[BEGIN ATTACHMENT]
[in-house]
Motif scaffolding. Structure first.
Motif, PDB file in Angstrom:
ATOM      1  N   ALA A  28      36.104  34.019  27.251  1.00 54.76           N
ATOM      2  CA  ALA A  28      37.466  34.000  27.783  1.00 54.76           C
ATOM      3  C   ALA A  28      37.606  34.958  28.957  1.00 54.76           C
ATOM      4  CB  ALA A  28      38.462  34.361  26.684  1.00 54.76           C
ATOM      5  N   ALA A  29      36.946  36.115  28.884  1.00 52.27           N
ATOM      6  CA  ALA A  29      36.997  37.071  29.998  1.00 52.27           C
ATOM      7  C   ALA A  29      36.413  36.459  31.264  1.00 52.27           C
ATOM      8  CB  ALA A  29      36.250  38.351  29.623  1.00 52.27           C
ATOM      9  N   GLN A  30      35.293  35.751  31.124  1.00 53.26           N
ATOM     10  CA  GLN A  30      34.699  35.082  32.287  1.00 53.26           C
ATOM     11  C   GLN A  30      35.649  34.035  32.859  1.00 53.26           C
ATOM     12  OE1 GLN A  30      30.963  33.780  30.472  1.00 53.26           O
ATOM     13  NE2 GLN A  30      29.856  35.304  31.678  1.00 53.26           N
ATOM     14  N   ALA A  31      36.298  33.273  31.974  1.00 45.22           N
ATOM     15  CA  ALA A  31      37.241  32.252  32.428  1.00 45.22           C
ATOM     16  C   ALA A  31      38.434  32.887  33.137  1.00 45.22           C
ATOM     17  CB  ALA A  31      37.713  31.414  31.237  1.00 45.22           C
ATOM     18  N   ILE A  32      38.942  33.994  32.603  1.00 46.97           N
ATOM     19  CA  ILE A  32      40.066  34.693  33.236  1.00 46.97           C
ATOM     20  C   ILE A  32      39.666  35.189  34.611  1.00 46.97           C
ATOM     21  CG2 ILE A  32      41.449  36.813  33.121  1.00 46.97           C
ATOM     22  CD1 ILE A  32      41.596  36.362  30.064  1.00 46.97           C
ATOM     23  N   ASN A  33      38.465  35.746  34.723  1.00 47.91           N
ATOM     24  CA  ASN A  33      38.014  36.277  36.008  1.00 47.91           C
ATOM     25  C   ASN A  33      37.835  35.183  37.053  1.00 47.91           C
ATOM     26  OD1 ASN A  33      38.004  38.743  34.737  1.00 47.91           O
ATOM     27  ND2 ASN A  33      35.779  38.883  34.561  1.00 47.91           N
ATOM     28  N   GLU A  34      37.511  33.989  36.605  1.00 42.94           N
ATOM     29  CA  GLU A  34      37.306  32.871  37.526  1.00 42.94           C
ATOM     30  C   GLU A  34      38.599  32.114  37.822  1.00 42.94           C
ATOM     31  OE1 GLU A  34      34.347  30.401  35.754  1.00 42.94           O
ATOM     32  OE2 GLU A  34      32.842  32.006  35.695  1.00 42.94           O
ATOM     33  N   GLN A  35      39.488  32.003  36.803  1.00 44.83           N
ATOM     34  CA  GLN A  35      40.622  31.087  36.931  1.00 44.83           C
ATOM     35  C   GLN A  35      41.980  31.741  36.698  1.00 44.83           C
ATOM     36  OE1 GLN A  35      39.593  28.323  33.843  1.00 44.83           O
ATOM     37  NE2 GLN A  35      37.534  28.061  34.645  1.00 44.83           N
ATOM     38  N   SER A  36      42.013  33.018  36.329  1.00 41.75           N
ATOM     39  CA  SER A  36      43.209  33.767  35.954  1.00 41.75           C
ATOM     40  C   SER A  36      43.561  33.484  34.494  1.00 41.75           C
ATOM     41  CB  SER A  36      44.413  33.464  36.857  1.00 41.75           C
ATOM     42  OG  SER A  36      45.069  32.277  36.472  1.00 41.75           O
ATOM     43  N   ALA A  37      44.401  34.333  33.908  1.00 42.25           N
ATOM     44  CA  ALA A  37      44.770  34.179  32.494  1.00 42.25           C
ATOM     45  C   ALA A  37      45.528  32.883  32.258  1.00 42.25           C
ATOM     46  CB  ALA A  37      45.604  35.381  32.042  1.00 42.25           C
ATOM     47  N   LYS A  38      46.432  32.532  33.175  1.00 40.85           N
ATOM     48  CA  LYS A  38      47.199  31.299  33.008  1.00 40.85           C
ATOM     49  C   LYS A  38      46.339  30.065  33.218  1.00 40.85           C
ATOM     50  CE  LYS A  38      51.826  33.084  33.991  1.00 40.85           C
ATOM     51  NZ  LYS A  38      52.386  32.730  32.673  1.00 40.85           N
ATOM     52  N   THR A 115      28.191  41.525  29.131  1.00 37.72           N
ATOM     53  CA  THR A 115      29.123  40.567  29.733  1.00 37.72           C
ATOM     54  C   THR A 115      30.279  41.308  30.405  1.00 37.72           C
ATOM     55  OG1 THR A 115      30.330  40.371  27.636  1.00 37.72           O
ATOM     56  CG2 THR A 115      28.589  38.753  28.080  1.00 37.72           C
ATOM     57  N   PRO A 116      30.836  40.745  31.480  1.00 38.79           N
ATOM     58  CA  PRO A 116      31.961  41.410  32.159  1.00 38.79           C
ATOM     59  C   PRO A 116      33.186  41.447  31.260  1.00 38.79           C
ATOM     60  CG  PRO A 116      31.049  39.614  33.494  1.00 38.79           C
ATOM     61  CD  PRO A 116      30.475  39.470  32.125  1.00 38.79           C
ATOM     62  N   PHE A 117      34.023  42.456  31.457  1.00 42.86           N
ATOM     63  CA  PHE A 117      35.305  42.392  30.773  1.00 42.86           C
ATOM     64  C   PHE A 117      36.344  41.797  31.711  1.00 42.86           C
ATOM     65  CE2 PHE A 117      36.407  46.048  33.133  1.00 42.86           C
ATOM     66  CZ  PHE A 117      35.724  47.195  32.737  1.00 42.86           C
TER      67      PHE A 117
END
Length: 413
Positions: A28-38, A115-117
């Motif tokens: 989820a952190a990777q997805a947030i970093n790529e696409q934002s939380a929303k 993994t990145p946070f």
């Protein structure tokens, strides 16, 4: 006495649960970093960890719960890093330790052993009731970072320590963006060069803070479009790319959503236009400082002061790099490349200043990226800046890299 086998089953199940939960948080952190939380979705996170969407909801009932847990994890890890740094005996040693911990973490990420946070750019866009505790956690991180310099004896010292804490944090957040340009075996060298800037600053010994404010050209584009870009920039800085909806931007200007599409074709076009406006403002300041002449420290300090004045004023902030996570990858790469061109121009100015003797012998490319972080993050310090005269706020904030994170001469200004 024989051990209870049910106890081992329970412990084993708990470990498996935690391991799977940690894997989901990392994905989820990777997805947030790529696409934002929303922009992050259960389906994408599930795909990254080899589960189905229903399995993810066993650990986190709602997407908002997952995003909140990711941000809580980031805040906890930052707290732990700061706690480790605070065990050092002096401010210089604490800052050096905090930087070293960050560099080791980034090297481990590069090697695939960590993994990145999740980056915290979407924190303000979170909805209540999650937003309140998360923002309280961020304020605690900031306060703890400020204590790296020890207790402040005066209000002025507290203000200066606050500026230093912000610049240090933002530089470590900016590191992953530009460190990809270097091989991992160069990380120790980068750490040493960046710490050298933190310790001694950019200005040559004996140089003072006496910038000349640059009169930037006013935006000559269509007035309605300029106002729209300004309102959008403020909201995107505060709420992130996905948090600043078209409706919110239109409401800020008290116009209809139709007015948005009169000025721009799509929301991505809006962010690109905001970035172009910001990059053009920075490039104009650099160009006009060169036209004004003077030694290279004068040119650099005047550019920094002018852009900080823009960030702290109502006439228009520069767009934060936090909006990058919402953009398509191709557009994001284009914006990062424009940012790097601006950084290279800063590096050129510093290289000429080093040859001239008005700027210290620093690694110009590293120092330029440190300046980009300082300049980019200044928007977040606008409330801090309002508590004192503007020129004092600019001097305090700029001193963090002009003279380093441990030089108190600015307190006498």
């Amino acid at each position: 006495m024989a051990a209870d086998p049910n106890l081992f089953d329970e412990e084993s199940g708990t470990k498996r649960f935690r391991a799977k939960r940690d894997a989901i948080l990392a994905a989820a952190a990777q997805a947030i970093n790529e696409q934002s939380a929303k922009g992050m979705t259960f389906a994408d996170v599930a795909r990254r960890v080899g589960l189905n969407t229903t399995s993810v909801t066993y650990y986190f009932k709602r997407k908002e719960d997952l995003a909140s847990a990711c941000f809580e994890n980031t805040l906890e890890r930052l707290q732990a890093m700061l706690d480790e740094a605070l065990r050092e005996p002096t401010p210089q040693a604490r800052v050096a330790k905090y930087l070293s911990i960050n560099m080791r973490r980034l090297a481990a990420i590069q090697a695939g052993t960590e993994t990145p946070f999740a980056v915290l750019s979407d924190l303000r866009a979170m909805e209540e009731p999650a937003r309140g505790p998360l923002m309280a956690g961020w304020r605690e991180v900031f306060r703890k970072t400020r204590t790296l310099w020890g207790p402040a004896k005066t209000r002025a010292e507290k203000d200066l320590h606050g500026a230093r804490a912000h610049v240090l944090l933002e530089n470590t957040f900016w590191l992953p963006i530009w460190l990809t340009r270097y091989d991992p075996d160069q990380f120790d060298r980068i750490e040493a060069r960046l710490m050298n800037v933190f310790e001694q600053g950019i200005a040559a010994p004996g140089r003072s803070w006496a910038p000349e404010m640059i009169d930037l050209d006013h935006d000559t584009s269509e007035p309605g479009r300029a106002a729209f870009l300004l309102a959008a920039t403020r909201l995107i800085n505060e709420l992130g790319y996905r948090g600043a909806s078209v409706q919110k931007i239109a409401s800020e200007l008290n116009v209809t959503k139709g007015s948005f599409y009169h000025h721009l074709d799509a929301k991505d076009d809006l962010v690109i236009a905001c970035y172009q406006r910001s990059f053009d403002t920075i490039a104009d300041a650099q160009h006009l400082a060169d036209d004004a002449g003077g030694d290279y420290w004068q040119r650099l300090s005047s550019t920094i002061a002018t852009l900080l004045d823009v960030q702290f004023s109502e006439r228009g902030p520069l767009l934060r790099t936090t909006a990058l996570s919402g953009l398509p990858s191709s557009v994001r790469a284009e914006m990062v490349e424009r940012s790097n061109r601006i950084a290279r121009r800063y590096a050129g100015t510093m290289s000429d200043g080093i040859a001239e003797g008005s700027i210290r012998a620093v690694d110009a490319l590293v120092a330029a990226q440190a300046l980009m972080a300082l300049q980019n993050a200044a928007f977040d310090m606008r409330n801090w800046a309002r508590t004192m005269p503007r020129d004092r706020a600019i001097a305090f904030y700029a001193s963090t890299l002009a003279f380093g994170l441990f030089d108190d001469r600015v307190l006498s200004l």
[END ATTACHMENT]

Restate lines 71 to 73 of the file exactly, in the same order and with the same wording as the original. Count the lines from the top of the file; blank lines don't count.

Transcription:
END
Length: 413
Positions: A28-38, A115-117